On Thursday, it was pouring rain, and so the school had an indoor recess. We have three lunchroom monitors, and while they usually only come to the classroom for the last 20 minutes of each break, when it rains, they come for the entire 40 minutes. Our students do not observe the nutrition breaks though. We have a snack table where children go to eat twice a day. They decide when they’re hungry, and that’s when they stop to eat. Some children need more support with this than others, but overall, students have gotten a lot better at listening to their bodies and breaking at the time that works best for them. There’s an important connection to self-regulation here, and we love that our Kindergarten students can demonstrate this independence. This meant that when the lunchroom monitors came on Thursday, many children were playing, and our new Beauty Salon was especially popular.
I was out of the classroom at the time for nutrition break (I do stop on these two breaks), but my teaching partner, Paula, was in the room, and what she captured was amazing. These three Grade 6 boys decided to go and play in the salon with our students. They did all of this without direction from Paula, and what they added to the play was truly incredible. Here are the PicCollages that Paula created to document this salon learning.
These Grade 6’s left our classroom beaming, and they left us smiling as well. Even yesterday, Paula and I could not stop talking about what happened here. While one of us usually joins this dramatic play at different points during the day, Paula didn’t during this time on Thursday. She mentioned that she considered it, but she decided to stay back, observe, listen, and document instead. I said, “I wonder if this actually led to richer play.” She thought it did, and I agree. Adults socialize differently with children, even when, as educators, we try not to. Sometimes we become too focused on the program expectations we want to address or we become too quick to question. Sometimes our questions may connect to expectations, but not necessarily extend the play. But kids don’t think like this, and when older students genuinely become involved in younger students’ play, their conversations are different, their questions seem more natural, and children respond differently to their extension ideas. These three boys changed up the salon play by unknowingly doing three new things.
- They made name tags for their hairdresser characters. All hairdressers have name tags. (This provides a purposeful reason to write, explore letter-names and sounds, and blend sounds to read words.)
- They made money to pay for their salon services. They obviously really liked their salon treatment, and explored money amounts with children up to $100. (This provides a meaningful way to review numbers, print numerals, and explore addition and subtraction.)
- They added times to the schedule. Our students have really enjoyed the Monday-Friday whiteboard that we put in the salon, but up until Thursday, they just wrote down the names for scheduled appointments. These boys taught our students about digital time to the hour and half-hour. (This provides another meaningful way to review numbers, print numerals, explore the passage of time, understand how a clock works, and learn how to read and write digital times.)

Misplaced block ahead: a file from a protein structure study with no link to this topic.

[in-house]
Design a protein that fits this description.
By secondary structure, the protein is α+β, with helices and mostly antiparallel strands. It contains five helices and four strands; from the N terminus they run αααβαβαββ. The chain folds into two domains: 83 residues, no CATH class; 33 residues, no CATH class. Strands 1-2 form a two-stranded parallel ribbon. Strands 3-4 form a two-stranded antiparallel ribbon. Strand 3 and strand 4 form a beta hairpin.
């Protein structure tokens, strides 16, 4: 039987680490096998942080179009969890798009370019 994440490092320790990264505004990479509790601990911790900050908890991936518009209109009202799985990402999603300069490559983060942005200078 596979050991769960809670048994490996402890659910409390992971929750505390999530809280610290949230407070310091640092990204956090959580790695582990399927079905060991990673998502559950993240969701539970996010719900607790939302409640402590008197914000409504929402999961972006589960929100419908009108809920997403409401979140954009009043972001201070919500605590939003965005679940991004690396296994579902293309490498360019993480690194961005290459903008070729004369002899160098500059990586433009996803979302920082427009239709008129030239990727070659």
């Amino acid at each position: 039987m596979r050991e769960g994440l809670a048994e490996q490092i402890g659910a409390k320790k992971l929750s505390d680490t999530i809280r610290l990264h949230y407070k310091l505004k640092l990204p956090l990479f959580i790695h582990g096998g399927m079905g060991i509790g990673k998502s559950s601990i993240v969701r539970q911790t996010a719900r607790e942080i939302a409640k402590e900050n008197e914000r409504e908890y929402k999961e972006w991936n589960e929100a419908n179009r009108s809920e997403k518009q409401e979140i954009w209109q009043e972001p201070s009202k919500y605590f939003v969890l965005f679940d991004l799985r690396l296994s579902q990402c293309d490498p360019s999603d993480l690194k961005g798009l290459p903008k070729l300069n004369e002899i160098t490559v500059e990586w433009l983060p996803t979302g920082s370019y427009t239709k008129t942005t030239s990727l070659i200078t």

The great thing is that after they left, the children continued to play with the new ideas that these older children added to the salon.
The popularity of the salon continues. From social language to oral language to reading, writing, math, and fine motor skills, there is so much amazing learning in here. Even our lunchroom monitors got involved in the play. #engagemath #teachersofinstagram #iteachk #ctinquiry #cti_emergentcurriculum
These three boys were teachers, and actually gave me a new appreciation for buddy time. I’ll admit that I’m not a big fan of reading buddies.
- I find that there are often too many children in the room, it’s hard for many children to concentrate, and the break in the flow of the day often leads to more issues either during the buddy time or after it.
- Even when splitting into two locations, I find that there’s rarely enough space for positive interactions between buddies.
- Some Kindergarten children are too scared to interact with unknown, older peers, and there’s almost like a pressure to interact because of the format of reading buddies.
- We also never expect all students to do the same thing at the same time, and this is almost what seems to happen during reading buddies.
But with these boys, the buddy time was different.
- Children have developed a relationship with these three Grade 6’s, so they were comfortable with them entering play.
- The interactions were genuine. The Grade 6’s were not thinking about how to increase literacy and math skills, but by entering a dramatic play space that had these elements embedded within it, they naturally extended this learning.
- The small number of older students did not negatively impact on the calm classroom environment. When we bring in too many additional children, the noise often becomes dysregulating and increases behaviour, but this was not the case with just three Grade 6’s.
Maybe we don’t need to have buddy time, but instead, capitalize on our classroom environment that does not include a sit-down lunchtime, and continue to support our buddies in entering play when they come in each day. I wonder what kind of impact this might have on our students and their learning. I think it could be time to take a different spin on reading buddies. What do you think? What have you tried? A special “thank you” to Michelle Fawcett‘s three Grade 6 boys that have shown Paula and I the “awesome” that is possible!